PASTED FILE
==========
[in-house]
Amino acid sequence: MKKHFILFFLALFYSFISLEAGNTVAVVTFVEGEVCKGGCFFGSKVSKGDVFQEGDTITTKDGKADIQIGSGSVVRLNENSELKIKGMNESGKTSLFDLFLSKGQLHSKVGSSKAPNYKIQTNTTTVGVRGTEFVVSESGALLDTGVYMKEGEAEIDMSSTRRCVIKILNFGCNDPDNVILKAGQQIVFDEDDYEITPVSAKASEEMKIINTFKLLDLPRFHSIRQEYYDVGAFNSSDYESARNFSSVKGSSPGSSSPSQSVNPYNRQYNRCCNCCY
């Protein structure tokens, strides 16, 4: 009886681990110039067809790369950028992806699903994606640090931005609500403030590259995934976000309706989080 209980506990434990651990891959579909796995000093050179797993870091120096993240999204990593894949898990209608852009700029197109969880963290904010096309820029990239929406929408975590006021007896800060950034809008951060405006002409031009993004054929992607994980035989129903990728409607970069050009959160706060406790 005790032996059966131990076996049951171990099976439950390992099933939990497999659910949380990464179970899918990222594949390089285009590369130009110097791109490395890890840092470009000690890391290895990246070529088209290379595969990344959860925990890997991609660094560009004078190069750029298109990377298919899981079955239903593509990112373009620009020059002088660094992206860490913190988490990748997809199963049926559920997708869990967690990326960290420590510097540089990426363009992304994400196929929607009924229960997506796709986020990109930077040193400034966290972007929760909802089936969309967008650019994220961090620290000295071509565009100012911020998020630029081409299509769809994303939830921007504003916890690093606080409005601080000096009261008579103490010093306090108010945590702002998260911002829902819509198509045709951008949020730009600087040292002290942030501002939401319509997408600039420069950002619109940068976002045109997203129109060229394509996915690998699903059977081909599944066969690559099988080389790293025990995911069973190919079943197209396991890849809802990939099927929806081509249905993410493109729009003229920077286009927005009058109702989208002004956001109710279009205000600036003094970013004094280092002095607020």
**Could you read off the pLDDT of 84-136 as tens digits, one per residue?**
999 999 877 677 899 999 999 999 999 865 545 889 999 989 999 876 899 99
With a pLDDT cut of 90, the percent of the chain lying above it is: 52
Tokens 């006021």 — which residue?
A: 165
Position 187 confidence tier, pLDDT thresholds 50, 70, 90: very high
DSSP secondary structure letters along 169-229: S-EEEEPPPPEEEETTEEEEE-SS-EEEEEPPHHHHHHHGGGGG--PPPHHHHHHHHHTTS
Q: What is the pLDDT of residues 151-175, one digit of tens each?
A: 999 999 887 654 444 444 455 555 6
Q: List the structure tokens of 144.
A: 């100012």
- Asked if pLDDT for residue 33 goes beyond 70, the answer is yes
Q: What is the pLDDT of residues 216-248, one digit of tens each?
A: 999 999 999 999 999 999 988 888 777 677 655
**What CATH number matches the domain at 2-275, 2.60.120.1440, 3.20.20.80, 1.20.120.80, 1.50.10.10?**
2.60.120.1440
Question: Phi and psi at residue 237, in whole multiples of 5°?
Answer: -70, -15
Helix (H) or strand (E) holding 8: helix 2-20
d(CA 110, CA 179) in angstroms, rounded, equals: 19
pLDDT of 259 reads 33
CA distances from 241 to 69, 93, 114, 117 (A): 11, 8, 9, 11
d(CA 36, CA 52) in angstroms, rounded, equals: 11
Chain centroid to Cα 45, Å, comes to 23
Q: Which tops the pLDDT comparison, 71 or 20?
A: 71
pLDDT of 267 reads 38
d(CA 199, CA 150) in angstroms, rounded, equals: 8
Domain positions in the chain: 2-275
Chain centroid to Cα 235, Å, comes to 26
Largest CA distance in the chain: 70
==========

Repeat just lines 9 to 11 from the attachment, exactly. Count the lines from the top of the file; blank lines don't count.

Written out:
Position 187 confidence tier, pLDDT thresholds 50, 70, 90: very high
DSSP secondary structure letters along 169-229: S-EEEEPPPPEEEETTEEEEE-SS-EEEEEPPHHHHHHHGGGGG--PPPHHHHHHHHHTTS
Q: What is the pLDDT of residues 151-175, one digit of tens each?